Kip had new case. It wasn’t so much necessary to figure out how the murderer left the house, but it sure bothered him. It was one of those puzzle things. There was no one in the house but the victim. Yet, no doors or windows were opened after the murder. Normally, a person would think it impossible. Yet, the evidence was confronted him.
Before this one is over, Kip has to go through a number of heart-wrenching things that only goes to strengthen his opinion about God. Indeed, we can say that by the end of this book, in spite of every effort to remain optimistic, he has slipped into being a realist. Not all criminals are caught. Not all those who are caught go to prison. Worse yet, not all murder victims are adults.
Kip – The Realist
Kip’s new love has left him. Moreover, he is still trying to chase down the killer. It is beginning to look like he never will. To add to his frustration, it doesn’t look like God, if there is one, is going to help. In the meantime, he has other killers to chase down. Besides all this, the one woman he wished he would never see again keeps pestering him. She seems to have this idea of converting him one day. He reasons that if she saw what he saw, she’d give that up in a hurry.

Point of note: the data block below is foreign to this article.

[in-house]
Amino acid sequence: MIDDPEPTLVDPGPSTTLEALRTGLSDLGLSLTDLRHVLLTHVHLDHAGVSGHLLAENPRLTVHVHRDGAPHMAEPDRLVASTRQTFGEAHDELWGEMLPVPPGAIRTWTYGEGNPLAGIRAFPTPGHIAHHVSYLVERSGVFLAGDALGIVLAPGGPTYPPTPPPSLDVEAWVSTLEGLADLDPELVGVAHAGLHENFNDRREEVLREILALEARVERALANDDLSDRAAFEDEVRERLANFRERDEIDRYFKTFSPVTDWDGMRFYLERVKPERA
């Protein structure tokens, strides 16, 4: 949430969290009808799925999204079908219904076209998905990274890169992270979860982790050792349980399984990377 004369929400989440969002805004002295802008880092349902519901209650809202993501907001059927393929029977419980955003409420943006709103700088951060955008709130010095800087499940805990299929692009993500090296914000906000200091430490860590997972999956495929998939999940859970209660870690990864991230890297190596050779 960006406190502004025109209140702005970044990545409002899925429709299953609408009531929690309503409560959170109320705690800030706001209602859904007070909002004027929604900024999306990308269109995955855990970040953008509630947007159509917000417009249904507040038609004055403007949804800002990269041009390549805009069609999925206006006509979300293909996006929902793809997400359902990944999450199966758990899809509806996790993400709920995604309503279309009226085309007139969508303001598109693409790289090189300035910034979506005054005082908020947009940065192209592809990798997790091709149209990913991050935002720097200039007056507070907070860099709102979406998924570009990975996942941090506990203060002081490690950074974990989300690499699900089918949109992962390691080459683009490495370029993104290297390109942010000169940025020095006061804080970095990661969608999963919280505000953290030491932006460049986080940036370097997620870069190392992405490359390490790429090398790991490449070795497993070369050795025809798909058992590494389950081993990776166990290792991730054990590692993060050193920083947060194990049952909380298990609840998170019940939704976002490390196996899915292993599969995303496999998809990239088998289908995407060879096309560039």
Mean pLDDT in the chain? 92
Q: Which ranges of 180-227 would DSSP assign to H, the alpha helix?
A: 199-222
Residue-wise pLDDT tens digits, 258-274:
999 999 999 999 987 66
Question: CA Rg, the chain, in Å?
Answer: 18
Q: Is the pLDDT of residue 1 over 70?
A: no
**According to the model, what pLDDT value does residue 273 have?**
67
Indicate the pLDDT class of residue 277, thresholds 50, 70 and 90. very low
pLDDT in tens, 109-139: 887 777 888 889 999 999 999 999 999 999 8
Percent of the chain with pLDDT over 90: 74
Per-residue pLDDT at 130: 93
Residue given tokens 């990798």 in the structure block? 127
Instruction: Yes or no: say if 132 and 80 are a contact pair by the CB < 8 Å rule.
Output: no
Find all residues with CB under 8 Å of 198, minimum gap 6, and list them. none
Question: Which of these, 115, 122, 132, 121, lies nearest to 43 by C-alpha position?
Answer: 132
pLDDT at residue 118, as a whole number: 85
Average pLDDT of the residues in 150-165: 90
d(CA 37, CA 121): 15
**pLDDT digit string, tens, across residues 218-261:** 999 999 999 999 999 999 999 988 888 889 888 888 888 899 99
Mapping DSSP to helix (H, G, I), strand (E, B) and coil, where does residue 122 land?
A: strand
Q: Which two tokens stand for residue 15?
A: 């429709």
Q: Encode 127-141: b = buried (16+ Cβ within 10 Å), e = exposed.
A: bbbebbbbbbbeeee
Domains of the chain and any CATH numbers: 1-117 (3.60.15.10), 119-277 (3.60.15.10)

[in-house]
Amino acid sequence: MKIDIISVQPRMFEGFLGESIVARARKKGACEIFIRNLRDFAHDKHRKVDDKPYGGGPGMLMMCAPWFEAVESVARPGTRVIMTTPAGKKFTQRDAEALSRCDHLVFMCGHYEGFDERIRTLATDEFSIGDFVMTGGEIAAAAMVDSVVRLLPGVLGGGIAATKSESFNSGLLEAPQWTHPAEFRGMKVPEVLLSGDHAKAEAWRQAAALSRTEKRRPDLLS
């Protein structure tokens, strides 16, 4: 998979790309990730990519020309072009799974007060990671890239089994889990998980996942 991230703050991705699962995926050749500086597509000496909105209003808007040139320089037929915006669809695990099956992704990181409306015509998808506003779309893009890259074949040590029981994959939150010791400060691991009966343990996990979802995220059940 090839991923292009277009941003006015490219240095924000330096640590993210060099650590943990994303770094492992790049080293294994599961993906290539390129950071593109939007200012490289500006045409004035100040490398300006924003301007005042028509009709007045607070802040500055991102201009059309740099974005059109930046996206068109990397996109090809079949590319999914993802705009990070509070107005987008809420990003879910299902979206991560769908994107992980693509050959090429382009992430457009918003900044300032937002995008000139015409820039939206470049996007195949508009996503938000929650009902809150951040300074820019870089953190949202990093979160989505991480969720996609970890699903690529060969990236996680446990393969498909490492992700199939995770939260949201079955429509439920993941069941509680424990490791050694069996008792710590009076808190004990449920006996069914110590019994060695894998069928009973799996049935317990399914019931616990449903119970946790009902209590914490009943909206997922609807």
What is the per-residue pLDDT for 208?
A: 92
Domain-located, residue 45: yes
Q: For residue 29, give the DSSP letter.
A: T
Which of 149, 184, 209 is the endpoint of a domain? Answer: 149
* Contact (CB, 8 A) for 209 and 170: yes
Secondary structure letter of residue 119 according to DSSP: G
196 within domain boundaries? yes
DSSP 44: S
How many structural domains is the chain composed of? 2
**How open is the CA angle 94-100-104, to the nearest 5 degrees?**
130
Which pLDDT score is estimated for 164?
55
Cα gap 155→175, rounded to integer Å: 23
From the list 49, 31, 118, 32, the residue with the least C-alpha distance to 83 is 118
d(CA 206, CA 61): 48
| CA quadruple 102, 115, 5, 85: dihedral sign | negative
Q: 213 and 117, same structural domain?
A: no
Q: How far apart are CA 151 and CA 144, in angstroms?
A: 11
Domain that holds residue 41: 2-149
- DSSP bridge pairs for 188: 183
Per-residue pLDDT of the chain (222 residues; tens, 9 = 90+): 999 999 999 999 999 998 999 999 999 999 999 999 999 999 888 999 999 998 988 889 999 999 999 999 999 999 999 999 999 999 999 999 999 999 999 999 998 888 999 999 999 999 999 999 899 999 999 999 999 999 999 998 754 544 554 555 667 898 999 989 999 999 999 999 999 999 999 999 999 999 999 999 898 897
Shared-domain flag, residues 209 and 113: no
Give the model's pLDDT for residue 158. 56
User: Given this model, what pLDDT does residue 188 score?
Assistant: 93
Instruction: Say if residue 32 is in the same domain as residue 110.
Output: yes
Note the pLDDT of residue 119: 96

Kip – The Pessimist
Kip has found out things about Janet that he wished he didn’t. He makes a deal with the woman that keeps pestering him and he finds out that God can do things in unusual ways. Still he hates Him. After what he saw, he is convinced that God is a horrible God and he wants nothing to do with Him.
Mitch is a private detective and a former L. A. detective. He is unusual in a number of ways. Because he is a multi-millionaire, he does it as a hobby. Also, as we find out right away, he is very selective about his clientele. Unlike most super-sleuths’ he is not that great at it, just persistent.
Mitch: Mitch Series 1
Against his better judgment Mitch takes on a client that is outside his parameters. It causes one of those situations where he wished he maintained his standards. Indeed, it causes him relapse back into depression.